(6) Regulations respecting officers, crew, &c. [[41-42]]
[] When the decks are washed, it is customary to exercise the seamen in the use of the great guns. For this purpose the drum beats to quarters; when all repair to their several stations and, under the instruction of the several officers, go through the ordinary operations attendant upon that branch of discipline. No persons of whatever description, females excepted, are exempted from being appointed to some post where their services may be efficient.
The military officers are allotted to commands on the poop, fore-castle, waist, &c.; having under them such cadets and recruits as may be on board, the whole acting as marines. The surgeon, with his mates, those of the sick who are incapable of taking an active part, together with all females, descend to the cock-pit; which, being below the level of the water-line, is tolerably secure from danger; though sometimes a shot, between wind and water, will find its way even to that apparently safe retreat.
The crew are always portioned into two watches, except when very numerous. Then, and during the time a vessel [] is in port, they divide them, including recruits, &c., into three watches. The chief mate commands the starboard-watch; the second mate commands the larboard-watch; and when there are three, the other, called the mid-watch, is commanded by the third mate. It is customary to relieve the watch every four hours, except in the interval between four and eight o'clock in the evening, which is divided into two reliefs, of two hours each, called "dog-watches."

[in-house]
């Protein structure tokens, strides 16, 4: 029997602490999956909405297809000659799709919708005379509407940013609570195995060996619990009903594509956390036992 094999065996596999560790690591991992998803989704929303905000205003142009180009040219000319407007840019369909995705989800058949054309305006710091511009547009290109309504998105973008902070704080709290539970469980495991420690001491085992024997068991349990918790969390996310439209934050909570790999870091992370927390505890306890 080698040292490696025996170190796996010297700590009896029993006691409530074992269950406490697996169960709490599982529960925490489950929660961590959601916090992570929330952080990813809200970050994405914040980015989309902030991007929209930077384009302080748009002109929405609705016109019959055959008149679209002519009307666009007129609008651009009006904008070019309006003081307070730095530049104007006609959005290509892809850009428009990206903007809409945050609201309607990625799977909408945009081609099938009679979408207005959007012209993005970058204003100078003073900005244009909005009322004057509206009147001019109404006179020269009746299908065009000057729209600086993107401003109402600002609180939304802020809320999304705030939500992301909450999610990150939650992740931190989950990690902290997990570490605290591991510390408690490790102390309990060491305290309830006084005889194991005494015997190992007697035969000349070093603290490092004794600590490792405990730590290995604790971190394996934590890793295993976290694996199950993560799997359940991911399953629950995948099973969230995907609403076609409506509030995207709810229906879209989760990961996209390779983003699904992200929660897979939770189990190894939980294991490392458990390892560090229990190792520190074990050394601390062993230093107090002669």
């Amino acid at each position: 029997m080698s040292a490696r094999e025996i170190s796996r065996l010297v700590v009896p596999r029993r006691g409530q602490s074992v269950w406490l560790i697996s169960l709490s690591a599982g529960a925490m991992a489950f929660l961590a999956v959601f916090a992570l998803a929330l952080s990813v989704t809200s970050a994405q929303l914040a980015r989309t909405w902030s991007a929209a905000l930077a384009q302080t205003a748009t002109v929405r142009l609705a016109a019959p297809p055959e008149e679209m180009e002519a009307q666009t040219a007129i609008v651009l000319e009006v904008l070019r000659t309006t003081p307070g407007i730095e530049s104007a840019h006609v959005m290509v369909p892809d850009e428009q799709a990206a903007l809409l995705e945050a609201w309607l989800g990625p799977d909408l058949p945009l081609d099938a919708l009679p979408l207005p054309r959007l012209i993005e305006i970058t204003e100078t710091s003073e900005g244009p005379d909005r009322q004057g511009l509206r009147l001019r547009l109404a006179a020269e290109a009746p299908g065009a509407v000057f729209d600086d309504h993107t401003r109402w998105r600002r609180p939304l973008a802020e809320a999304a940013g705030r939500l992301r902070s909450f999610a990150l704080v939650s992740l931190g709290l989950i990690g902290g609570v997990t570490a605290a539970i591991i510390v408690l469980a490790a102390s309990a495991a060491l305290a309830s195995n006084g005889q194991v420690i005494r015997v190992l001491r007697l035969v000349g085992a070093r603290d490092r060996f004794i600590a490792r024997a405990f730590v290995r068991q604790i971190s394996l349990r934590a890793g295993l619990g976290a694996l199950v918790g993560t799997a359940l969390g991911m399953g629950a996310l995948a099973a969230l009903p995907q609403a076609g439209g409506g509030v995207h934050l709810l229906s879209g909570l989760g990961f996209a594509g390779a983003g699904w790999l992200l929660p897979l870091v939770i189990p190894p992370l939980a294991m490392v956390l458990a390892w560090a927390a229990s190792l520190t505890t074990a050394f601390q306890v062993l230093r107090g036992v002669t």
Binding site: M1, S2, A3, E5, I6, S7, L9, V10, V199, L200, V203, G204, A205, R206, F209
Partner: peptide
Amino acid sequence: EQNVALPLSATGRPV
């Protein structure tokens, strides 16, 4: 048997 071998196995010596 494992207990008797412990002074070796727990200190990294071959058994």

But for the intervention of these, there would be no change in the times of coming upon duty; as each of the starboard and larboard watches would, respectively, come on at the same hours daily. This would be the same even if a mid-watch existed: whereas, dividing the evening-watch occasions an odd number, and changes the tour, or series, every day.
Where fresh supplies of provisions are not attainable, it necessarily
follows that each person on board can receive only a stipulated allowance
of meat, water, &c. This does not always affect those at the captain's
table; though it is generally recommended to the passengers to be economical
in their expenditure of water for washing, shaving, &c. In some ships
they are restricted to a quart daily; and if the crew are upon short allowance,
which is understood to be the case when each man receives less than two
quarts, the passengers and officers have little or no fresh water allowed
for the above purposes; but their beverage at table is rarely limited,
except under the pressure of actual necessity.